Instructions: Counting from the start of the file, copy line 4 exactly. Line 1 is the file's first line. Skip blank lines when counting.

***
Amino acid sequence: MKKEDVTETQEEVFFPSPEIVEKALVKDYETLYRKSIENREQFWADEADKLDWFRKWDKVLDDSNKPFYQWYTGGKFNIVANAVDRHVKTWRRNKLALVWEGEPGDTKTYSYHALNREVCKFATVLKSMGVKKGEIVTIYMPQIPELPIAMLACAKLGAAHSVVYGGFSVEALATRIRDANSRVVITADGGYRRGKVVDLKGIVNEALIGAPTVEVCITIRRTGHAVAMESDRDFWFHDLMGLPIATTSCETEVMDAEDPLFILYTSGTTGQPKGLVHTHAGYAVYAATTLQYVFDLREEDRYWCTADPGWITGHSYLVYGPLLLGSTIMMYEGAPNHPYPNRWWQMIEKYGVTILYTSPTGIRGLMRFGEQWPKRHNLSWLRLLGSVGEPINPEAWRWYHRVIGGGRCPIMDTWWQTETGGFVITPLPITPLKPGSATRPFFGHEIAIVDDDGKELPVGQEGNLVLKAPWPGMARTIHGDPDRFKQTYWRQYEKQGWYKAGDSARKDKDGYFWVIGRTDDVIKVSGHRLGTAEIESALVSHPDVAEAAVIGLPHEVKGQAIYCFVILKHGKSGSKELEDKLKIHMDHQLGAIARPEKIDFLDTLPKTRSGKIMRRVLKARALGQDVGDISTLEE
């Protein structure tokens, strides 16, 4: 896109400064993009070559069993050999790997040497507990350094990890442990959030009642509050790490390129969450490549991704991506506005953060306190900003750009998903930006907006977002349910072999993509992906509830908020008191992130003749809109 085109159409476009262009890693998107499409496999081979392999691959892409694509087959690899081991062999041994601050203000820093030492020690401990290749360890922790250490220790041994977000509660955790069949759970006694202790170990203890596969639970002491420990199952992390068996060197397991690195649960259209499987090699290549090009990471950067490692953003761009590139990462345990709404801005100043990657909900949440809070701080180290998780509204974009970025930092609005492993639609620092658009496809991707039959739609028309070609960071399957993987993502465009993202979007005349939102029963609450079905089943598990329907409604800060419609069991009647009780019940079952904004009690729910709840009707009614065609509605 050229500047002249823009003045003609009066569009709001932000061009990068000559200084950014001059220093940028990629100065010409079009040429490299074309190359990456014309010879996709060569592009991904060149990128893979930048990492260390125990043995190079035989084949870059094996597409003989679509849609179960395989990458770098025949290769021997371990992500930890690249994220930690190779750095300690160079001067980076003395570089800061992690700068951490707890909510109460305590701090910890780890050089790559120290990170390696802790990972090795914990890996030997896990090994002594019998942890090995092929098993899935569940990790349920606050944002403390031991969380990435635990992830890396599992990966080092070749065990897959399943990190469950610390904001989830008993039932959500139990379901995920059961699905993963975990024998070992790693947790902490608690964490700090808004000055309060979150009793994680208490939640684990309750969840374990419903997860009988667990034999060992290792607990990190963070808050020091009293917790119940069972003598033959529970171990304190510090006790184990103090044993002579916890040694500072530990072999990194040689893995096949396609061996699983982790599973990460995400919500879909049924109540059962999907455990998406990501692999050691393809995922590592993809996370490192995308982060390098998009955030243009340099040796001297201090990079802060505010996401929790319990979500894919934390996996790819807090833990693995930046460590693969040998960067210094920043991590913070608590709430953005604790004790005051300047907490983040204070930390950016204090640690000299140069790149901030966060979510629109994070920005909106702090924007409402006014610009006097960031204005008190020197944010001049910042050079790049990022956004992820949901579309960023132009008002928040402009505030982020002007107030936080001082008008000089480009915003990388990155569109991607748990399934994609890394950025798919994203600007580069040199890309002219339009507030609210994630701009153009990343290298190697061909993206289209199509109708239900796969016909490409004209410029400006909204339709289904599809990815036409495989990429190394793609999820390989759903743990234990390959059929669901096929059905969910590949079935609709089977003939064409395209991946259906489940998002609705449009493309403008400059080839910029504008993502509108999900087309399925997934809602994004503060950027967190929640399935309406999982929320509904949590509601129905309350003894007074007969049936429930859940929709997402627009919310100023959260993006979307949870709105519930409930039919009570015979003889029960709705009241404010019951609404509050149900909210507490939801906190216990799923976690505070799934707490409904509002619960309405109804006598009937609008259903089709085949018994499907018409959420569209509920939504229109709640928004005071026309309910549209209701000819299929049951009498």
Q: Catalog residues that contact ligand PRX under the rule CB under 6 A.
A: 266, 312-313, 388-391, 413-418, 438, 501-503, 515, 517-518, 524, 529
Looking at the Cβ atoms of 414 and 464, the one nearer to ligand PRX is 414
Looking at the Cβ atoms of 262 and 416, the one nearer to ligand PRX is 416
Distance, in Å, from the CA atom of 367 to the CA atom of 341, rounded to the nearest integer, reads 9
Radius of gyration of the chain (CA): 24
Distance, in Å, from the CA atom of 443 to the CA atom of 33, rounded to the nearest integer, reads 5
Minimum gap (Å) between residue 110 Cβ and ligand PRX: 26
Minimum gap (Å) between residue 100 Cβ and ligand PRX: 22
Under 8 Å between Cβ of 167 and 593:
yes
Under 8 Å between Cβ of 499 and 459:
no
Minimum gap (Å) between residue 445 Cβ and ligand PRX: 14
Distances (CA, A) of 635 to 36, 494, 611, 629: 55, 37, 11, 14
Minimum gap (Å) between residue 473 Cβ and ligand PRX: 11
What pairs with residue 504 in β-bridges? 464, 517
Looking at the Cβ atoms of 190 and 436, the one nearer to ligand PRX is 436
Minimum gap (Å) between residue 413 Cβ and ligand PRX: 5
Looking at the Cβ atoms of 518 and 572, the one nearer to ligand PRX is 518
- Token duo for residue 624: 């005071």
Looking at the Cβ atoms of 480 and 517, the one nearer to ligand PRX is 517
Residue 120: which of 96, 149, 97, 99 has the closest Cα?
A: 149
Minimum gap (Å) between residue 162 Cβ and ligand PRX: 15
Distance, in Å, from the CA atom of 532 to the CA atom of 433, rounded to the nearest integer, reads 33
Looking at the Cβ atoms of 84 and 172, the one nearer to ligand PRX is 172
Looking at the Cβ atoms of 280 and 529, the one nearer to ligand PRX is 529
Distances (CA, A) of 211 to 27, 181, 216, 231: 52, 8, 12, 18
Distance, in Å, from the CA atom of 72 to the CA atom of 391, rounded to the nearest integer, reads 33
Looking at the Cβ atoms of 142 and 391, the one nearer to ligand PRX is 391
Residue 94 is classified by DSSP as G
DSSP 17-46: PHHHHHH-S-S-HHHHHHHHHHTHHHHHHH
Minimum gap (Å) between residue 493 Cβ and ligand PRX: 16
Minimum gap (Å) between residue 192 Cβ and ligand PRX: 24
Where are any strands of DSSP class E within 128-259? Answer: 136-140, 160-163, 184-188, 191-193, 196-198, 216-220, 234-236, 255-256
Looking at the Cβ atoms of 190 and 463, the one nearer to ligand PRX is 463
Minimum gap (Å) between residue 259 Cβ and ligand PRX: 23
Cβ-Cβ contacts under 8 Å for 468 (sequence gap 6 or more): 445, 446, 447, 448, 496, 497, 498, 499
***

A: 266, 312-313, 388-391, 413-418, 438, 501-503, 515, 517-518, 524, 529